The UK has always been at the forefront of global innovation. From creating the World Wide Web to the rollout of the first Covid vaccine, its history in science and innovation shines bright.
But today, there’s a new challenge. The UK is “lagging in its bid to be a science superpower,” even though there’s significant recognition of its scientific excellence.
Other countries invest more and are attracting capital that could have been Britain’s. This backdrop creates a pressing need for a strategy to ensure the UK doesn’t fall behind.
Investing in Ideas and Nurturing Start-ups
Tech Transfer Offices
Tech Transfer Offices
One of the solutions proposed is a government-directed structure to ensure efficiency. This is a one-stop shop for scaling advice and support.
Alongside this, the Venture Capital approach will help businesses during their challenging early days, making sure they don’t fall into the ‘valley of death’ which so many start-ups face.
Growing Businesses and Expanding Manufacturing
Pension Fund Reform & R&D Tax Credits
Two significant proposals from the manifesto that can drive growth. Letting pension funds invest in promising start-ups is a game-changer, unlocking potential billions for new businesses.
At the same time, tax credits can provide the necessary financial support for science projects aiming to expand.
Special attention is also given to the environment, with additional credits like the Net Zero Credit encouraging investments that align with the UK’s environmental goals.
Full Scale Manufacturing
To make the UK a hub for science-based manufacturing, the manifesto introduces the Science Scaling Incentive. This is aimed at boosting large-scale investment in the science sector.
Building Collaborative Communities
Visa Mobility Scheme
International collaboration is the future of science. This scheme offers scientists a unique 10-year mobility period, fostering a community where knowledge, expertise, and global teamwork thrive.
Sharon Todd, SCI’s chief executive, offers a stark warning. The UK is at risk of “losing the race to becoming a science superpower.”
With outdated policies, the UK is, as she says, “literally leaking revenue and jobs to our international rivals.”
The Economic Stakes
Failure to adopt the proposed methods might result in the UK losing an estimated £230 billion and 240,000 jobs by 2030.
But, beyond the figures, it’s about being a part of the worldwide scientific conversation and advancement.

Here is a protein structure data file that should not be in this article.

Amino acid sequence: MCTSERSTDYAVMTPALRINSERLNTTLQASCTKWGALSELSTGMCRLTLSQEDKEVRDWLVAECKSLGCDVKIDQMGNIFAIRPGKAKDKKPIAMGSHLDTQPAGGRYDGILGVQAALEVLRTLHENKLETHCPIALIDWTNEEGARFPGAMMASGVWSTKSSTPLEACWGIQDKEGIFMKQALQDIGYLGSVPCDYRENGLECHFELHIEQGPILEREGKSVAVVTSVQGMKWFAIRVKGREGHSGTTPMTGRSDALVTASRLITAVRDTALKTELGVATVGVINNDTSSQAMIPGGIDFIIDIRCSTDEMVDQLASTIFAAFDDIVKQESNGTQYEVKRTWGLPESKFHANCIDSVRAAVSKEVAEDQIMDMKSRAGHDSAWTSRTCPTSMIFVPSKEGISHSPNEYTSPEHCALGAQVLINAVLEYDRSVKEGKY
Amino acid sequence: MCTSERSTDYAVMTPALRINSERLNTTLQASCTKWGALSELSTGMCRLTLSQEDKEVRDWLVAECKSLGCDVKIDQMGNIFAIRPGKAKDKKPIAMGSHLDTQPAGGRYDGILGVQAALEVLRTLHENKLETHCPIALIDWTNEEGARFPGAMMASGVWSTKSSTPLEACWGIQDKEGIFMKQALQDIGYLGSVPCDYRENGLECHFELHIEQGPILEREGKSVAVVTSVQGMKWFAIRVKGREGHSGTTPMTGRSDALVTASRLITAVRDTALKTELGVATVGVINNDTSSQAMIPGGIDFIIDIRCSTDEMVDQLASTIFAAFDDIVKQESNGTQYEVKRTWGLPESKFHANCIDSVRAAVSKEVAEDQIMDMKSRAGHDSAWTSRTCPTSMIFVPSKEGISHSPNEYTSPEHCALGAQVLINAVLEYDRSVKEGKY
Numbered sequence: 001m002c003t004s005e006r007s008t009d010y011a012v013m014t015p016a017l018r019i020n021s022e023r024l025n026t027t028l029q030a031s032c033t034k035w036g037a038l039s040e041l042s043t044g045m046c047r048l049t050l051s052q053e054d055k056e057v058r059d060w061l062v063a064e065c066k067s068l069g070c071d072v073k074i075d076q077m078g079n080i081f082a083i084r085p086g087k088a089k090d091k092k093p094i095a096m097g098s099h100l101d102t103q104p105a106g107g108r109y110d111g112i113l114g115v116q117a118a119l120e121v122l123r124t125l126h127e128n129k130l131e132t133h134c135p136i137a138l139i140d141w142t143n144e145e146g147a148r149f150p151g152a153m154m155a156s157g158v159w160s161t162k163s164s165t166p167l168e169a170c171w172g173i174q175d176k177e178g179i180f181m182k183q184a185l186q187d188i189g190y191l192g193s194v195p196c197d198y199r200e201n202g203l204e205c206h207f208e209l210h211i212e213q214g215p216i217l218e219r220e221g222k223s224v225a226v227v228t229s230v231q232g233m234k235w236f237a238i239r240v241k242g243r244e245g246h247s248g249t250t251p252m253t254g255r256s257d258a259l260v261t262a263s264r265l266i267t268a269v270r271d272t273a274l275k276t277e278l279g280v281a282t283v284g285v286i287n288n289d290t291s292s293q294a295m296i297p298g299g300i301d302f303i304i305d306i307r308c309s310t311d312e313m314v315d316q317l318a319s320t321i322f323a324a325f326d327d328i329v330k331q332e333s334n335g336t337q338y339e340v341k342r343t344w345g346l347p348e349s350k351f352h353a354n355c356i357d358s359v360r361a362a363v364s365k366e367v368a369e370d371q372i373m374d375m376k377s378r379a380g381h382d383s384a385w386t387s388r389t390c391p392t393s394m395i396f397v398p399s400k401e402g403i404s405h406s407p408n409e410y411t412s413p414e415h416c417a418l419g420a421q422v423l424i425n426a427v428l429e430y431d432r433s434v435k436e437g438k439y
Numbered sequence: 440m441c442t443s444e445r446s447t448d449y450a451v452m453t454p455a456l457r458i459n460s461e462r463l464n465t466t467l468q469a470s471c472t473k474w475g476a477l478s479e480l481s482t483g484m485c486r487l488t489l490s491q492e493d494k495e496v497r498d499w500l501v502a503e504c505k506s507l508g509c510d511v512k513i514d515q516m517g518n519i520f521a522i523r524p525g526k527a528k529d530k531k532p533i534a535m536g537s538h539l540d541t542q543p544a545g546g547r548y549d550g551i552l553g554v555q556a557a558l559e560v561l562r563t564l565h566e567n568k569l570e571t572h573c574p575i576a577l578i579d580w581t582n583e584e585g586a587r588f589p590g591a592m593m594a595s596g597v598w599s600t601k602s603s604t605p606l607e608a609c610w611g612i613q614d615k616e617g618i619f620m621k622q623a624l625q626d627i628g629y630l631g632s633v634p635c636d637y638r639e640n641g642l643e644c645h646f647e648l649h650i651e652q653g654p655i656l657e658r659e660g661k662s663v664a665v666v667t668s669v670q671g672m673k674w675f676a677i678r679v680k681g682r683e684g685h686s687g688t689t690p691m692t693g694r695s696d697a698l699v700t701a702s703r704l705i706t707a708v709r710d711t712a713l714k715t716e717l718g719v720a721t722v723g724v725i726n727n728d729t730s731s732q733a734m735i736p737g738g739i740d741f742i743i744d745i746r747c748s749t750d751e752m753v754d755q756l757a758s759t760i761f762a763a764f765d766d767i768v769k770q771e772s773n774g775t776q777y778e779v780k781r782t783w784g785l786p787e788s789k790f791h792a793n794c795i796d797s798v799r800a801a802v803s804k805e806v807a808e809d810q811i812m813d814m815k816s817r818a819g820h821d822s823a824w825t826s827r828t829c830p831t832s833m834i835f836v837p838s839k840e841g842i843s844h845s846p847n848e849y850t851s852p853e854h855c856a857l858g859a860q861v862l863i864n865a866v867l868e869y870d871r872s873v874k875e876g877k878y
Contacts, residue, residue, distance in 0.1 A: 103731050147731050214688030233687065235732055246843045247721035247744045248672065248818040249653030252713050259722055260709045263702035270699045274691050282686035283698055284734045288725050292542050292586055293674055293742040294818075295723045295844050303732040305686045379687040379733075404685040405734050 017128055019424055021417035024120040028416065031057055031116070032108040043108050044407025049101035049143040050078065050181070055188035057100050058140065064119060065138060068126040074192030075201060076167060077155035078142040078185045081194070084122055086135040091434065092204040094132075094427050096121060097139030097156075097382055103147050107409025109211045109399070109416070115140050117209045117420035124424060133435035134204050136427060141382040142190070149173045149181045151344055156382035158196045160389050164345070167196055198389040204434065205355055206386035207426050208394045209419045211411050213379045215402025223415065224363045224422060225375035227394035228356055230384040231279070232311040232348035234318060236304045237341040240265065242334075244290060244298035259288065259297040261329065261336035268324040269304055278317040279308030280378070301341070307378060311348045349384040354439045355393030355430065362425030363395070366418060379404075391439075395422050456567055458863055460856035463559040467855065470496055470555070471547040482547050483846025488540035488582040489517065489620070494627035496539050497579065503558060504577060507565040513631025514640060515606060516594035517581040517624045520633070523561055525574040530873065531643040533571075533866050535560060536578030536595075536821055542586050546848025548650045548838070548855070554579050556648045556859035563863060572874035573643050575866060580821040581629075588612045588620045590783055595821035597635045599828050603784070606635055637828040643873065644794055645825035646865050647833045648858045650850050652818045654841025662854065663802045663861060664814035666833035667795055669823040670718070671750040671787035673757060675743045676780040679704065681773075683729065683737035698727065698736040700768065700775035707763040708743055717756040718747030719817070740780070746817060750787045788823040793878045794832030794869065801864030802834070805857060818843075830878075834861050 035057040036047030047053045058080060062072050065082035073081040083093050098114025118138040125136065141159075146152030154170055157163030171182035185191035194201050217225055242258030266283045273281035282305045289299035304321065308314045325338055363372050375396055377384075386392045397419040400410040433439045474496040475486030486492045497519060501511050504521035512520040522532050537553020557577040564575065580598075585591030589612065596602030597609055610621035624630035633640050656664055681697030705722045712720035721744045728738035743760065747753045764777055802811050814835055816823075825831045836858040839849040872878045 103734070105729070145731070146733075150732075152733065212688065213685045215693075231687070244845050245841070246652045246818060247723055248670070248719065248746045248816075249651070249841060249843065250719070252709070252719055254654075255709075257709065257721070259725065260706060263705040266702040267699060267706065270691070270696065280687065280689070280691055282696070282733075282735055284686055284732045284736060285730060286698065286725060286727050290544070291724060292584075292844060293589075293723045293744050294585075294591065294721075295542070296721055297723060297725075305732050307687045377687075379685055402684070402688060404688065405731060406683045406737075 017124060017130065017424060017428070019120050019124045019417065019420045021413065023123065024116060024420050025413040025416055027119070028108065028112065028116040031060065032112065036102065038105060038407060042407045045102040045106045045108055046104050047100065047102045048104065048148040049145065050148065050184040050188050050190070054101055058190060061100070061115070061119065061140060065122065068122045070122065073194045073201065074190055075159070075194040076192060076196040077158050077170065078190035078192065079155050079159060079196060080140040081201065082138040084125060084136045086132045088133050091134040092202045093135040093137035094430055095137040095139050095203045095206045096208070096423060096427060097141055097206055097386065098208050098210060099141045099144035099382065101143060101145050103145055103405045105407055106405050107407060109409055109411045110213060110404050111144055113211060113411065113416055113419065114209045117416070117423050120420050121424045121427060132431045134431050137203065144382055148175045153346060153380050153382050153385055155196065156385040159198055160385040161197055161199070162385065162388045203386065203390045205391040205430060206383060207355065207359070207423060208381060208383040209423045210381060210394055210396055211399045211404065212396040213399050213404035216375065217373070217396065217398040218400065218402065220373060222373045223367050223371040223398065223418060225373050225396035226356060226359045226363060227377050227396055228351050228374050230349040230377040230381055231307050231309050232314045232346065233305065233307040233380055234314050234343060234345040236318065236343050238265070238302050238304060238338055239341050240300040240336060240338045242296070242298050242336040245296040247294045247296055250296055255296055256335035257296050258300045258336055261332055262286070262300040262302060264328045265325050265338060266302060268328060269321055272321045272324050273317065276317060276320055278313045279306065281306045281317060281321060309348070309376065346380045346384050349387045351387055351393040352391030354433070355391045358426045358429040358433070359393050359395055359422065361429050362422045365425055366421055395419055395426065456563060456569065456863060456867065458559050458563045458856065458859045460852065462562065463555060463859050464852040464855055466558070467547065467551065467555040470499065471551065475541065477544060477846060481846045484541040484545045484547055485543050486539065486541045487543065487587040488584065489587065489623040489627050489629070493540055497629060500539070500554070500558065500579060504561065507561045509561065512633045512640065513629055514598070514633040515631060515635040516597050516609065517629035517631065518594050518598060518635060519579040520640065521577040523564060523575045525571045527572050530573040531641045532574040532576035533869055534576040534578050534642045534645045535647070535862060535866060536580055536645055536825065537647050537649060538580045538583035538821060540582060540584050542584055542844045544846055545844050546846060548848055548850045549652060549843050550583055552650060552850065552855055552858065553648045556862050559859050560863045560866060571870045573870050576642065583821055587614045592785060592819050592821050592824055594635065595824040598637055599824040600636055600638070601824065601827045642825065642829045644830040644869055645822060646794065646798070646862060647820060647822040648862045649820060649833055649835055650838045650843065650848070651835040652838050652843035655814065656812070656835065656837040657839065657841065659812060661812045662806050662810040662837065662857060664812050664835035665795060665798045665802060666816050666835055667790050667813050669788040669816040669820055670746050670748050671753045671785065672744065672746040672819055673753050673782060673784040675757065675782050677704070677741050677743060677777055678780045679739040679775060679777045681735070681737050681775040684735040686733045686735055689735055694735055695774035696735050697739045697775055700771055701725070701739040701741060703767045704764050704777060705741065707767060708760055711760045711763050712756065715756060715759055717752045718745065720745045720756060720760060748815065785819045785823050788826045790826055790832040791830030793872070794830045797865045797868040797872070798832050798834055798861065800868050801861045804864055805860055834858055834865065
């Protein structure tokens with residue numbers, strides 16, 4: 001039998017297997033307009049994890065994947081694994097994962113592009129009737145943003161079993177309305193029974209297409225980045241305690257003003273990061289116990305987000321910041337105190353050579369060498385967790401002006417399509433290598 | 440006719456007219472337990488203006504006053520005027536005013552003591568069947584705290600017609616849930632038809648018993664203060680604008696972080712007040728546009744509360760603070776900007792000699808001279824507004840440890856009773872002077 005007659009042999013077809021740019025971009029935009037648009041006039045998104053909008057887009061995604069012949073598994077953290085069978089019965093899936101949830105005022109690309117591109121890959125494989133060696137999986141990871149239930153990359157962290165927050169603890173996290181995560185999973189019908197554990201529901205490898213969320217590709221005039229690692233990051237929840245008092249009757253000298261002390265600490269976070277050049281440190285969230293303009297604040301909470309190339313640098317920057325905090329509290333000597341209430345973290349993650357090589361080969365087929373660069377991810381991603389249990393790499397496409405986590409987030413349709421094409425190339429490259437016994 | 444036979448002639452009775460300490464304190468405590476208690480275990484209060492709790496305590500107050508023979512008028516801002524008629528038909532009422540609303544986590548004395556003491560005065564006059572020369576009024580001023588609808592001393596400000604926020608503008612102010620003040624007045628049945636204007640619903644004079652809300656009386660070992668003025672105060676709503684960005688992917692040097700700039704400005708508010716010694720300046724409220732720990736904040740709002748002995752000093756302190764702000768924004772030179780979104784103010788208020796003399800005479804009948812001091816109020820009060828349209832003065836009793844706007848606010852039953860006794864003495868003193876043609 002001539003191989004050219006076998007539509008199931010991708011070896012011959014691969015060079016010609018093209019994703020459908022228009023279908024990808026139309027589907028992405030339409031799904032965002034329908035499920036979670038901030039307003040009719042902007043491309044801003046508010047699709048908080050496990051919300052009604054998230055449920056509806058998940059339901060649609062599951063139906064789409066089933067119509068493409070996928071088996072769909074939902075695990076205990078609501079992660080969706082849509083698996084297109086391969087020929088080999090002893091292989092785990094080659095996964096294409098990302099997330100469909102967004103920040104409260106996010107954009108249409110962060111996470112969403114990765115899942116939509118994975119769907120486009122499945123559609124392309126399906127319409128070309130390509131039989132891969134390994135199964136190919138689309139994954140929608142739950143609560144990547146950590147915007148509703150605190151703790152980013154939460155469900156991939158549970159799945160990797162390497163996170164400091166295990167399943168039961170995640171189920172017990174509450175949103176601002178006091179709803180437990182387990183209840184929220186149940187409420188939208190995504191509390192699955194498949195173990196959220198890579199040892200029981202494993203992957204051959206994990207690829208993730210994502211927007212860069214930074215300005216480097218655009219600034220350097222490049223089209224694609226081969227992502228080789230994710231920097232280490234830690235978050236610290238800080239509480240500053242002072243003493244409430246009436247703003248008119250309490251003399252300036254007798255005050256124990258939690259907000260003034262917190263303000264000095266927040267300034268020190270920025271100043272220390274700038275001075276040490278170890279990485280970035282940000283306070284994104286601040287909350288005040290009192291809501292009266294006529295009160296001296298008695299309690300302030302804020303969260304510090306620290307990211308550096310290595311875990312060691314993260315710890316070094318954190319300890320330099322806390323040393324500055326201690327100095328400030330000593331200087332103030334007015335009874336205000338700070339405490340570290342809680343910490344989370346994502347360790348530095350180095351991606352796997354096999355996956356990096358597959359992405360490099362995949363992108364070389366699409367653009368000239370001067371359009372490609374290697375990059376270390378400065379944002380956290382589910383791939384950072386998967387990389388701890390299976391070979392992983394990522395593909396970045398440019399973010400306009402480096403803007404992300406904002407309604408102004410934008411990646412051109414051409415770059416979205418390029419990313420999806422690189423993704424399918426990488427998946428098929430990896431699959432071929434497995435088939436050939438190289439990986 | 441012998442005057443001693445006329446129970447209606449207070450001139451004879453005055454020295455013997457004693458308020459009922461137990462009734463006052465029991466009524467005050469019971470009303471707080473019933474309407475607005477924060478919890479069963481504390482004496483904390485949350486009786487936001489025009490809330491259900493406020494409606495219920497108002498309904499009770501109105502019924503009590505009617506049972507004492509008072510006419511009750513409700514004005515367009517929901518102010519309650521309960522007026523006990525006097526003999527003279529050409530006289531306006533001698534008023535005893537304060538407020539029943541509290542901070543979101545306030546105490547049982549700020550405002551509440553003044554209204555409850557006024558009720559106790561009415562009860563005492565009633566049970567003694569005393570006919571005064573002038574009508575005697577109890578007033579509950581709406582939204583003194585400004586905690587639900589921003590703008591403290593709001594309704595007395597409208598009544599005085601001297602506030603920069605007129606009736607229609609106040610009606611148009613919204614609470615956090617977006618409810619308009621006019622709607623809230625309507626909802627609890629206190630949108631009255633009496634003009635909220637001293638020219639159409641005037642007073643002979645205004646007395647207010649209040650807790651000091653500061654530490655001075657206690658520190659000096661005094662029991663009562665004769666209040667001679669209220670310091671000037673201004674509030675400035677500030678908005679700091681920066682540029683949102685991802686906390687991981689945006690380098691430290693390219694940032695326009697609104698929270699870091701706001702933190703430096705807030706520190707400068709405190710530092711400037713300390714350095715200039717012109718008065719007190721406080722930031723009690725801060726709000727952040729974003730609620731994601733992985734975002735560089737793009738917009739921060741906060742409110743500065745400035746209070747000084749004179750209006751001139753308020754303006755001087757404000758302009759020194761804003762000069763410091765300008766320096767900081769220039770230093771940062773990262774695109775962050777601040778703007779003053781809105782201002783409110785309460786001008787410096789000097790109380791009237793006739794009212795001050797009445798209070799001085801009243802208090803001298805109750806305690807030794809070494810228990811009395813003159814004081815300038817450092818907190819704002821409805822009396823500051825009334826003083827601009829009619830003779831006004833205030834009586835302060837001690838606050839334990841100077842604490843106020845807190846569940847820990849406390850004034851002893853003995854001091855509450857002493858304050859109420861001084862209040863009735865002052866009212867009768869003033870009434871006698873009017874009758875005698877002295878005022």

AstraZeneca, for example, chose Dublin over North-West England, and this shows the broader effects of the country’s current strategy.
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Push for a Unified Approach
The SCI Manifesto doesn’t just propose isolated measures. It’s advocating for a unified Industrial Science & Innovation Strategy.
This cohesive approach spans from the birth of an idea to its full-scale manufacturing. It’s not about cherry-picking strategies but implementing a comprehensive plan.
This includes more R&D investment, flexible visa schemes for scientists, and strategic reforms.
A potential Innovation Implementation Act is on the cards, which might draw inspiration from successful international models.
Addressing The Government
There’s also talk of an Innovation & Science Growth Council to advise the government directly.
Sharon Todd says it clearly: “This is one of the most pivotal points in the UK’s treasured science and industrial history.”
The UK has some of the world’s best scientific minds. But without a concrete plan, their brilliant ideas might find better support outside the UK.
Support for the manifesto isn’t limited to SCI. Liam Condon, CEO of SCI Corporate Partner Johnson Matthey, believes that addressing global issues like climate change requires both “innovation and supportive policy.”
He sees the SCI’s strategy as a roadmap to guide the UK.
The Manifesto for Science & Innovation Strategy doesn’t mince words. “There is no escaping that the UK is losing the race to becoming a science superpower…”
It goes on to point out that while the UK has many advantages in excellence, it lacks the urgency seen in other nations.
The Ball is in Our Court
The SCI Manifesto offers a clear path forward. Through its detailed strategies spanning every stage of the scientific business lifecycle, the UK can once again stand tall as a global science superpower.
The time has come to act. The plans are in place. The commitment to make these concepts a reality is all we need.
Hundreds of thousands of jobs and hundreds of billions of pounds in economic benefits might be on the table. The ball is in the UK’s court.